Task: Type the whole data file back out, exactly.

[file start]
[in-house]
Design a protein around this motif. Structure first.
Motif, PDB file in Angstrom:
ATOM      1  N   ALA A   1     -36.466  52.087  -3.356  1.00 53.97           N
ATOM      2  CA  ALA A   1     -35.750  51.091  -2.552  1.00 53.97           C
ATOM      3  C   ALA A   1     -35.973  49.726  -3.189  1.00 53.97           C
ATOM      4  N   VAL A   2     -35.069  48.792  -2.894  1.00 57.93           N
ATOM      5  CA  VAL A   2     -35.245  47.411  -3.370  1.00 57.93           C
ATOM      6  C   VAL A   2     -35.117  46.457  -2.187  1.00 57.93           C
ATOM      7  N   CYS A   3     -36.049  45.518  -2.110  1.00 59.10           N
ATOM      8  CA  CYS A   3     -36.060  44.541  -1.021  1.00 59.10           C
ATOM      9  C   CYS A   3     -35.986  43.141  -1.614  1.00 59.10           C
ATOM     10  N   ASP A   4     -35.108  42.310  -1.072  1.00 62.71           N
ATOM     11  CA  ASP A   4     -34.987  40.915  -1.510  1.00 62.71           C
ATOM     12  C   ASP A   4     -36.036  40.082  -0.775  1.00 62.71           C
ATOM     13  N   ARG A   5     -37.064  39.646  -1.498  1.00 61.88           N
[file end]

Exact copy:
[in-house]
Design a protein around this motif. Structure first.
Motif, PDB file in Angstrom:
ATOM      1  N   ALA A   1     -36.466  52.087  -3.356  1.00 53.97           N
ATOM      2  CA  ALA A   1     -35.750  51.091  -2.552  1.00 53.97           C
ATOM      3  C   ALA A   1     -35.973  49.726  -3.189  1.00 53.97           C
ATOM      4  N   VAL A   2     -35.069  48.792  -2.894  1.00 57.93           N
ATOM      5  CA  VAL A   2     -35.245  47.411  -3.370  1.00 57.93           C
ATOM      6  C   VAL A   2     -35.117  46.457  -2.187  1.00 57.93           C
ATOM      7  N   CYS A   3     -36.049  45.518  -2.110  1.00 59.10           N
ATOM      8  CA  CYS A   3     -36.060  44.541  -1.021  1.00 59.10           C
ATOM      9  C   CYS A   3     -35.986  43.141  -1.614  1.00 59.10           C
ATOM     10  N   ASP A   4     -35.108  42.310  -1.072  1.00 62.71           N
ATOM     11  CA  ASP A   4     -34.987  40.915  -1.510  1.00 62.71           C
ATOM     12  C   ASP A   4     -36.036  40.082  -0.775  1.00 62.71           C
ATOM     13  N   ARG A   5     -37.064  39.646  -1.498  1.00 61.88           N